Puerperal Infection : a Review of Five Hundred Cases

Napier, William (1928) Puerperal Infection : a Review of Five Hundred Cases. PhD thesis, University of Glasgow.

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In a series of 500 cases of Puerperal Infections Liability to infection was found least below the age of 21, greatest between 26 and 35. The incidence was high after abnormal labour, and, correspondingly, after confinements attended by doctors. 16.4 per cent followed abortion. 19.2 per cent were fatal. High mortality was associated particularly with illegitimacy, with abnormal labour and abortion, and with infections of early onset; to a less extent, with 1st, 2nd, and 3rd pregnancies. Uncomplicated infection, a painless and insidious disease, formed the most common clinical type (65.6 per cent of the series). The sapraemic and septicaemic forms often were indistinguishable, many grave cases showing the local signs of putrefaction. No evidence of relationship with Scarlatina presented itself. The duration was usually short: not more than a week in 67 per cent. Pneumonia was the commonest immediate cause of death. Mortality 15.5 per cent. Gases presenting pelvic inflammation (12.4 per cent) more often followed normal labour, rarely abortion. Slower of onset, the infection was characterised by the occurrence, sooner or later, of pelvic pain. Parametritis, the milder form, more common on the right side, caused but slight disturbance, and sometimes brought about a general improvement; perimetritis caused more local and general reaction, especially on invasion of the Fallopian tubes. Both forms not infrequently ended in suppuration. The risk of incomplete resolution, with consequent chronic invalidism, is slight in hospital-treated cases. Mortality only 6.4 per cent. General Peritonitis (7 per cent), early of onset, was most frequent in primiparae, after abnormal labour, and after abortion. Not always obvious, and by far the most fatal manifestation of infection, it should be borne in mind in the examination of every grave case* Vomiting was the most constant sign; the abdomen often misleading. Mortality 94.6 per cent. Pyaemia (4.8 per cent), also very common in primiparae, and after abnormal labour, but rare after abortion, usually started late and ran a prolonged course. Metastatic foci appeared to depend, to some extent, on trauma; joint-invasion was the most serious. Mortality 25 per cent. Phlegmasia (10.2 per cent) was more frequent in older women; three fourths of cases followed normal labour. Likely causes were early getting up, Fowler's position over a long period, and anaemia. The left limb was more often affected; from the right, spread to the other side was more common. The thrombotic and lymphatic forms appeared to differ only in degree. Striking general improvement sometimes followed the onset. Bacteriological examination of blood, uterine smears, and purulent effusions showed that, with rare exceptions due to B.coli or Staph. aureus, the disease was caused by streptococcus. Haemolytic types were responsible for all the most serious infections, non-haemolytic, as a rule, for those less severe. There was no evidence that gonococcus gives rise to general infection. Of 46 autopsies, diffuse peritonitis, whose frequency in fatal infections is not sufficiently realised, was a feature of more than half; two examples were associated with perforation of the uterus. Common also were fatty degeneration of the organs, pneumonia, and purulent pleural effusions. As regards treatment, fresh air and good nursing did more than the administration of drugs; but stimulants and hypnotics were often necessary. Curettage of the uterus during the febrile period proved, in the absence of haemorrhage, not only unnecessary, but harmful; no disadvantage was observed to follow the substitution of conservative methods. Curettage during convalescence was found harmless. For diffuse peritonitis, laparotomy with drainage was performed whenever there seemed likelihood of success; but, very often, the patient came to hospital too late to benefit by any treatment. Pyaemia and pelvic inflammation often demanded surgical measures for the release of pus. The response of acute infections to serum and autogenous vaccines was disappointing. Serum was doubtfully beneficial in less severe illnesses, vaccines more definitely so in the presence of suppurating residua. Intravenous eusol proved useless. Abscess of fixation, a heroic remedy not always justified, gave promising results, and merits more widespread recognition.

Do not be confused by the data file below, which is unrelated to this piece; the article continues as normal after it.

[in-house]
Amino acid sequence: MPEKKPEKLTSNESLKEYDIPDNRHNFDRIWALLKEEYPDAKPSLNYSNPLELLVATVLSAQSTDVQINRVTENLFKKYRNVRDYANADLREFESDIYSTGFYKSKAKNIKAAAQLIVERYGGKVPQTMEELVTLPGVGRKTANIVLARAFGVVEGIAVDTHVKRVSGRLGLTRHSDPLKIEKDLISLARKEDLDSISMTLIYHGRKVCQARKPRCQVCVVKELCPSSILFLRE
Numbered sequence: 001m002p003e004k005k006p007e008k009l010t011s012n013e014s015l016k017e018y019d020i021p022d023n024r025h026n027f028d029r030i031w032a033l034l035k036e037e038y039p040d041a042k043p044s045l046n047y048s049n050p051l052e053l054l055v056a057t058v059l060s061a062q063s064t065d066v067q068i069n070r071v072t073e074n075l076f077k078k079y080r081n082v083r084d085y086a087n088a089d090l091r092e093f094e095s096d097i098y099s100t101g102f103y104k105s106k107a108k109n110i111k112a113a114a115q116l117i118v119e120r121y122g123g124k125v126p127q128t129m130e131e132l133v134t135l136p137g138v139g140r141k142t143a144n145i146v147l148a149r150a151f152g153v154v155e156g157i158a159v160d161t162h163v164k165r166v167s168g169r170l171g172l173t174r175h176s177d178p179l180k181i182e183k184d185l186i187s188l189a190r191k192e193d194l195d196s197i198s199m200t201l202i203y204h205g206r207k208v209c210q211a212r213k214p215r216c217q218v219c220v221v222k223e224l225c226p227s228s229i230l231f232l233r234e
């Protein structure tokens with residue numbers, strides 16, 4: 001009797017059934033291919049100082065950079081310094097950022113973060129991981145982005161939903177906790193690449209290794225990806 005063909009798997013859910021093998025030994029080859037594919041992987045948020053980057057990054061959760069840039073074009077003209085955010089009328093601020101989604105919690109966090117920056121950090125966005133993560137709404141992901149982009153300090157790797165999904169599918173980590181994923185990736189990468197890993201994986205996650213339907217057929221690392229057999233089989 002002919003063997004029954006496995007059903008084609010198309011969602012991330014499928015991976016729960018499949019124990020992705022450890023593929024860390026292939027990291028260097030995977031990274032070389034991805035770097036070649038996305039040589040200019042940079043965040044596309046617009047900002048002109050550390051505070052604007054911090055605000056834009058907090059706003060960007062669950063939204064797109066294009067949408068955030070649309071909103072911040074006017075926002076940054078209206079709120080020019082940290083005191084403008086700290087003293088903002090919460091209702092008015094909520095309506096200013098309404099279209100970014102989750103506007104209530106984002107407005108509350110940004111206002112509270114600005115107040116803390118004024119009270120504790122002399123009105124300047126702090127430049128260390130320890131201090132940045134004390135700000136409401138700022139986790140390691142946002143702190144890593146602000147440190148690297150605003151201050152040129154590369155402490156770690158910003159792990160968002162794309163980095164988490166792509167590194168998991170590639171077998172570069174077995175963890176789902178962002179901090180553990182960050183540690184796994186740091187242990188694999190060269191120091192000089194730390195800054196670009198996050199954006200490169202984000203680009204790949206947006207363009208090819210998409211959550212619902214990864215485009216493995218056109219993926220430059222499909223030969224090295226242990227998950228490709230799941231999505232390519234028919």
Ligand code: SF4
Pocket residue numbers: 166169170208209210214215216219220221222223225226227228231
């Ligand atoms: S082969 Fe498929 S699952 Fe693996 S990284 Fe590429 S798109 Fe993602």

Item Type: Thesis (PhD)
Qualification Level: Doctoral
Keywords: Medicine, Obstetrics
Date of Award: 1928
Depositing User: Enlighten Team
Unique ID: glathesis:1928-80677
Copyright: Copyright of this thesis is held by the author.
Date Deposited: 30 Jan 2024 14:44
Last Modified: 30 Jan 2024 14:44
URI: https://theses.gla.ac.uk/id/eprint/80677

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